Thirty-one Anglo-Saxon documents are held in the Cathedral Archive in their original form (though four of them do not in fact belong to Canterbury but to Exeter Cathedral – how they ended up here is a mystery). One of the most interesting is the so-called Godwine charter. This is a private document, drawn up in between 1013 and 1018, recording that a certain Godwine gave a “den” (pig-pasture) at a place now thought to be near Boughton Malherbe to a certain Leofwine the Red. The exchange is witnessed by Lyfing, the Archbishop of Canterbury, the monasteries of Christ Church and Saint Augustine’s, Canterbury and a couple of laymen. Although no one knows for sure who Godwine was, it has been suggested (without evidence) that he may be none other than Earl Godwine of Wessex, father of the future and unfortunate King Harold. Canterbury Cathedral eventually obtained the land for itself and this document was handed over as a title-deed. It remained in the Cathedral’s possession until the early seventeenth century, when it entered private hands. After passing through various collections, it was bought back by the Cathedral in 2013.
Interesting for a different reason is the Sandwich charter, which King Cnut granted to the Cathedral in 1023, of which both Latin and Old English versions survive. The king gave the Cathedral the harbour of Sandwich, with right to take toll from ships and to receive any wreck washed up on shore. These were valuable rights and Sandwich was in a strategic military position. Cnut’s successor, Harold Harefoot (reigned 1035–40), confiscated Sandwich when the Cathedral opposed him, and its rights in the harbour would long be disputed by other landowners who felt that they infringed their own liberties. The charter was valuable evidence for the legitimacy of the Cathedral’s claim and, as a result, historians have long suspected that it may in fact be a forgery. That Cnut granted Sandwich to the Cathedral is certainly true (the grant is also recorded in the Anglo-Saxon Chronicle) and the extant charter mimics the style of Anglo-Saxon charters expertly, but nevertheless the suspicion remains that the document that we now have goes further than the original charter would have done in specifying the Cathedral’s rights in Sandwich.
Not all of the items in the Cathedral Archive are legal documents. A small but charming fragment survives of the Rule of Chrodegang. This single leaf from the eleventh century contains a portion of the Latin Rule, surrounded by Old English translation. Even the sentences of the surviving leaf do not themselves survive in full, since apparent excising of the edges has cut off the last words of each line. Despite this damage, the leaf as it is is a pleasant relic, well written and easily read. The same cannot be said of the two shreds that survive of the Old English translation of Gregory’s Dialogues ordered by King Alfred the Great. Neither is a complete leaf, the top part being torn off and the remainder so badly discoloured that much of the text is illegible without special equipment. This is especially regrettable since these fragments, datable to the end of the tenth century, are the earliest surviving specimens of the Old English Dialogues (the oldest complete manuscript, kept at Corpus Christi College, Cambridge, dates from a hundred years later).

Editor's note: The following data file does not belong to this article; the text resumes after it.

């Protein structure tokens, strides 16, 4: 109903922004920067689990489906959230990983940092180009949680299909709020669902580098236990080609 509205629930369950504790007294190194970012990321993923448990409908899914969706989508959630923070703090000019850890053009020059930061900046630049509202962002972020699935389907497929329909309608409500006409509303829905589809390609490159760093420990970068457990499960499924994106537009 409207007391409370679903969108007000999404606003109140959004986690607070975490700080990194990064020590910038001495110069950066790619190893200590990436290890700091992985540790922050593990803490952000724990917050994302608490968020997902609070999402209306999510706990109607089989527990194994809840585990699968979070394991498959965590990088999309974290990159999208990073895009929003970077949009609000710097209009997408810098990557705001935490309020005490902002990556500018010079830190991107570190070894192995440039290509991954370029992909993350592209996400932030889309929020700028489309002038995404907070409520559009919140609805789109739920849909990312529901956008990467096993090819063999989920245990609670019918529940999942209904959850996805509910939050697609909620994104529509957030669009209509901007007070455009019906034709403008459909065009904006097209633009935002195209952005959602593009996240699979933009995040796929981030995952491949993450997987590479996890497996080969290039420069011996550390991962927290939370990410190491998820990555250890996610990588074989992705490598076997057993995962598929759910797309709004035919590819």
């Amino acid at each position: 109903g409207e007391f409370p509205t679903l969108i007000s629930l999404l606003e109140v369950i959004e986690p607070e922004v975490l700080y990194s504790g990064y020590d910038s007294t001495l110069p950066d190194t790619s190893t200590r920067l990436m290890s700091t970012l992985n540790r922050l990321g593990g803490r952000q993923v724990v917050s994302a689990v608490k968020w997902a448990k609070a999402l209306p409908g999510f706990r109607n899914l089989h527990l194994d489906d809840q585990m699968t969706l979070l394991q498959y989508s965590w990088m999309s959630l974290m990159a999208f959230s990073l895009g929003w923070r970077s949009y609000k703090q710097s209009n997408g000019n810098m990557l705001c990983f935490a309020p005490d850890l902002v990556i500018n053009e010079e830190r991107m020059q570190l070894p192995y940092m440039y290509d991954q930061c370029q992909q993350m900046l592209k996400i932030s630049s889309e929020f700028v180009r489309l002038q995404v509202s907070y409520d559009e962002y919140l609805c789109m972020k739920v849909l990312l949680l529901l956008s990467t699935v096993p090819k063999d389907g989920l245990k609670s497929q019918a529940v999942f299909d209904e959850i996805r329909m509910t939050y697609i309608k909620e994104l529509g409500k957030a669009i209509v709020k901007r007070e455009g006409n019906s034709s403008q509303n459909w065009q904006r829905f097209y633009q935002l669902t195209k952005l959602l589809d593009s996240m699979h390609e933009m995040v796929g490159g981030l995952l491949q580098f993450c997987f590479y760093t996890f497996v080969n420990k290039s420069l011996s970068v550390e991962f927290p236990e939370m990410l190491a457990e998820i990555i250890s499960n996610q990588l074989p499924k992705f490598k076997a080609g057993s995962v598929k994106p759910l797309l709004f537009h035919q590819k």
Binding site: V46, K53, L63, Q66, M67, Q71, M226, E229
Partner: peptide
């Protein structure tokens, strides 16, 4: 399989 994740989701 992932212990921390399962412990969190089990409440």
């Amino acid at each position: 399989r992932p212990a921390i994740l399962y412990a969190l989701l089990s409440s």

A further fascinating item in the Cathedral’s collection is not a document at all but a portable sundial. It has been dated roughly to the tenth century and was discovered in 1938 during alterations to the cloister garth. It consists of a silver tablet, inscribed with the names of the months and with holes through which a peg was inserted. If the tablet was dangled from a chain, facing the sun, the position of the peg’s shadow gave a rough idea of the time. Around its sides runs the inscription ‘[SA]LVS FACTORI [PA]X POSSESSOR[I]’: ‘Health to my maker, peace to my owner.’
The first ‘Auditor, or keeper of the Cathedral Archive, was William Somner (1598–1669), who was born in Canterbury and lived in the city for most of his life. A lawyer by profession, his pre-occupying hobby was Anglo-Saxon studies and local history. His first publication, The Antiquities of Canterbury, was the first book to include an appendix of original records. Though he was a staunch royalist (it was through Archbishop William Laud’s influence that he had become Auditor), he maintained his position during the Commonwealth and Protectorate, becoming Professor of Anglo-Saxon at Cambridge in 1657. Two years later he published his most important and successful book, Dictionarium Saxonico-Latino-Anglicanum, the first Old English dictionary. The same year he was finally imprisoned by Parliament but he was released at the Restoration and died nine years later.